Demonstrators gathered in Tel Aviv on Wednesday to protest against forced vaccination and the green passport program which allows vaccinated individuals and recovered COVID-19 patients to take part in certain activities, including attending mass gatherings.
Among the speakers at the rally, which drew a crowd in the hundreds, were lawyer Oren Pasternak, the main organizer of the event, and Tamir Hefatz, a founder of Higayon Habari (Common Sense Model). Arieh Avni, founder of the Rapeh (Only Health) Party was also present, as were some of the party's candidates.
Speakers and protestors alike called for more "government transparency," and to "stop tyranny." The protesters demanded that the government remove a 30-year embargo on the details of the Constitution Committee's meetings on coronavirus restrictions and cancel the green passport initiative, which they say leads to a two-tier system within Israeli society: a privileged "vaccinated class" and an lower class of those who can't get the vaccine, or don't want to.
One large sign held by members of the crowd read "apartheid" in English and Hebrew in bold next to a green passport. Another large sign equated green passports with the tattooed arms of former Auschwitz-Birkenau prisoners.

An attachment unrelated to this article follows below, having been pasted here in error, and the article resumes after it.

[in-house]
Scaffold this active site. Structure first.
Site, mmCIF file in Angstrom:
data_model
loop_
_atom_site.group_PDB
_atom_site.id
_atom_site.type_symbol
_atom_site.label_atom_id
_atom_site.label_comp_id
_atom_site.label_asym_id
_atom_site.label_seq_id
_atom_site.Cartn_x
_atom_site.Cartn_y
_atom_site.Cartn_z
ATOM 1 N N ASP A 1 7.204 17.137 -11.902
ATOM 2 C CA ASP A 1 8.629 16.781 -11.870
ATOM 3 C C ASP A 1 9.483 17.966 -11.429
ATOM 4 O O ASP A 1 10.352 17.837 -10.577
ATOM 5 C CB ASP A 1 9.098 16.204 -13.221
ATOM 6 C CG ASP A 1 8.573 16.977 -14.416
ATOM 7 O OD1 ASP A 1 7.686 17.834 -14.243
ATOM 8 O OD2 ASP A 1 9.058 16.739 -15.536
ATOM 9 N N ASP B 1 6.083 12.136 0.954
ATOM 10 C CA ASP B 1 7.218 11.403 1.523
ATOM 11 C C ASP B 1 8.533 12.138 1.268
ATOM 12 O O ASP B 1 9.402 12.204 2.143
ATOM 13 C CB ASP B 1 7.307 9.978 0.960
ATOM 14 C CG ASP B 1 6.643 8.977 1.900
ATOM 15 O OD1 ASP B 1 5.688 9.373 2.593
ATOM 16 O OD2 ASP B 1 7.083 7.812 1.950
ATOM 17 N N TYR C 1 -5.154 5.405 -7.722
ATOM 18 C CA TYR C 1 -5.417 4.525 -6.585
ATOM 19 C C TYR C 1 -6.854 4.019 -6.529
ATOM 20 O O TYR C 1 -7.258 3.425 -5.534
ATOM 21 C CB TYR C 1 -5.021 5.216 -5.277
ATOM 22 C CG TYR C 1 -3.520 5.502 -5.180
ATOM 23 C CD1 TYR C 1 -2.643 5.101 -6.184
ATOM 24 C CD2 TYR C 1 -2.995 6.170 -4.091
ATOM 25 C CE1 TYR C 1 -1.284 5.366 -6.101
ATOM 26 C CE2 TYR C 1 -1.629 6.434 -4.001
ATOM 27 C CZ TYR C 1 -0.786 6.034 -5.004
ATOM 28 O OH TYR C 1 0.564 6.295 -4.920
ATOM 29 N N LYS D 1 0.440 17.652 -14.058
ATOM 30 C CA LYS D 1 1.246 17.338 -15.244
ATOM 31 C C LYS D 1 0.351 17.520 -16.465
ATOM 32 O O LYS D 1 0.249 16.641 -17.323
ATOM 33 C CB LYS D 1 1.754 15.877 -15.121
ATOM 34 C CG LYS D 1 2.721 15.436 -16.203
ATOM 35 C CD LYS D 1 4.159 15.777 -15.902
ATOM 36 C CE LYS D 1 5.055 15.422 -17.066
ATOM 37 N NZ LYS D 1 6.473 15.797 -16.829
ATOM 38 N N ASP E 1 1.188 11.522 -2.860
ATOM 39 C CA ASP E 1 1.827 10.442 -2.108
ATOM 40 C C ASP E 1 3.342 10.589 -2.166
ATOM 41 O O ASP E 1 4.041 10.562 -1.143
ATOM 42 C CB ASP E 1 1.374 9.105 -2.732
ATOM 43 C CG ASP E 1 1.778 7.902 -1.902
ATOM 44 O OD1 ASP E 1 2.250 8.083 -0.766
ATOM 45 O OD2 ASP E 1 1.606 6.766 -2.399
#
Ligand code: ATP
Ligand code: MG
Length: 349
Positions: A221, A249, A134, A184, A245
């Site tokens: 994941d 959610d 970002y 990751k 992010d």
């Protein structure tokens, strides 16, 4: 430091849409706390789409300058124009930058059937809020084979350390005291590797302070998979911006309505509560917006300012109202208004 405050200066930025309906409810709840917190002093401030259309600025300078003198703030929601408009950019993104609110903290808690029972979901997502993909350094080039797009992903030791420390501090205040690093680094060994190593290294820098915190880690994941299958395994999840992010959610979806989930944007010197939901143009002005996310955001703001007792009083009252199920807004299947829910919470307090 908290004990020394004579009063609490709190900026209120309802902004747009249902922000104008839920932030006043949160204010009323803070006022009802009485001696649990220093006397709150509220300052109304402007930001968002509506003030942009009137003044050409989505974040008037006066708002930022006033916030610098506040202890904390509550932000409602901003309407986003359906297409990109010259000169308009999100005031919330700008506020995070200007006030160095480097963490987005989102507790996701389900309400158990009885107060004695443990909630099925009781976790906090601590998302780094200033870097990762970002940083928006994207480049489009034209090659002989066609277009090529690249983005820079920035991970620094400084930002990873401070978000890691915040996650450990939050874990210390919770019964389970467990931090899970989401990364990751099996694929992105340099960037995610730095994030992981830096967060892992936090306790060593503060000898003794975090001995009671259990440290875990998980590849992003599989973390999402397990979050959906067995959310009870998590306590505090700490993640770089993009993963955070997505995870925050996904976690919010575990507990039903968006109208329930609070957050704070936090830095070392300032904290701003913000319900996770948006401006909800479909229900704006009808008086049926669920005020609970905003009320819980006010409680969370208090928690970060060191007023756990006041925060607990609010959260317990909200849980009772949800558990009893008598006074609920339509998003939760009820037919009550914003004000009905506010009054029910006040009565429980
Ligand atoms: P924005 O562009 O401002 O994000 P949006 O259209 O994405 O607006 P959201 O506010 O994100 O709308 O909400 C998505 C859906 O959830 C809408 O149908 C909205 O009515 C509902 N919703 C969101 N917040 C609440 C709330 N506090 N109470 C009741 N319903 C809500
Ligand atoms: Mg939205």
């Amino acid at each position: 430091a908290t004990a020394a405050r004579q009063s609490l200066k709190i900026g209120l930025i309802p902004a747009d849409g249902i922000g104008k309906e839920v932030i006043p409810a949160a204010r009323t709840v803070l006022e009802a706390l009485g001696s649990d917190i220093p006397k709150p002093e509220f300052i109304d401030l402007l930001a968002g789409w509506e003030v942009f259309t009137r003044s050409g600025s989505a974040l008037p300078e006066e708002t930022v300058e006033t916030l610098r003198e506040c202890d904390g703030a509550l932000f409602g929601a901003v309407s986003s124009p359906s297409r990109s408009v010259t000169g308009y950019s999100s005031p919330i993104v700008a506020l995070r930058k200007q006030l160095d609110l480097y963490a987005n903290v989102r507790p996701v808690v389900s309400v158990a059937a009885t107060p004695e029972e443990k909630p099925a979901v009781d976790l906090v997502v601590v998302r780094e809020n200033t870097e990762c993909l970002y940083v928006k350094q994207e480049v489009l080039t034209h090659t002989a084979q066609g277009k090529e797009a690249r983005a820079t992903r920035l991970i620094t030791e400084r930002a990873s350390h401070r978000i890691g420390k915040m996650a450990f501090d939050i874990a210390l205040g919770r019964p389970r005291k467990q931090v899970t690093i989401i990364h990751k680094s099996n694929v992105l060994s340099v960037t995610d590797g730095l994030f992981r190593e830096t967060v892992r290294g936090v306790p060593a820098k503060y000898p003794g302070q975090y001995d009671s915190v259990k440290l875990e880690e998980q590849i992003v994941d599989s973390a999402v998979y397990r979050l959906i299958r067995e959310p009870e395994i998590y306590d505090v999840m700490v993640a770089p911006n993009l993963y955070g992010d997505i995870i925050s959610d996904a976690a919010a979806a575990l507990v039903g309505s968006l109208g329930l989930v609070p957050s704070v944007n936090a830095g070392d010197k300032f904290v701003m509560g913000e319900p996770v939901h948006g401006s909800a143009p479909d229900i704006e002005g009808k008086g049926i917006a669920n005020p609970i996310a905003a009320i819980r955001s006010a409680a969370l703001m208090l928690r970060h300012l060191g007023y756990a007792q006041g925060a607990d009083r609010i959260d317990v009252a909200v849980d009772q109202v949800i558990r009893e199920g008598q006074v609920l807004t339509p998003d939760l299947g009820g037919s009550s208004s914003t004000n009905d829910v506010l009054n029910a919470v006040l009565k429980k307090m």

One speaker invoked the memory of his great aunt, saying she was killed by the "exact same kind of people" who are today placing restrictions on movement, saying that "the people are tired of medical oppression."
Another speaker said she would only volunteer at a coronavirus ward if she were allowed to "film everything," and to go into the ward without any protective equipment. She later added that the lockdown regulations are exactly like rape, without detailing exactly how.
At the time of the protest, Israel's death toll from COVID-19 stood at 5,648, according to Health Ministry data. The government has also claimed that the vaccine has so far been proven to be 99% effective in preventing severe disease and death from the disease.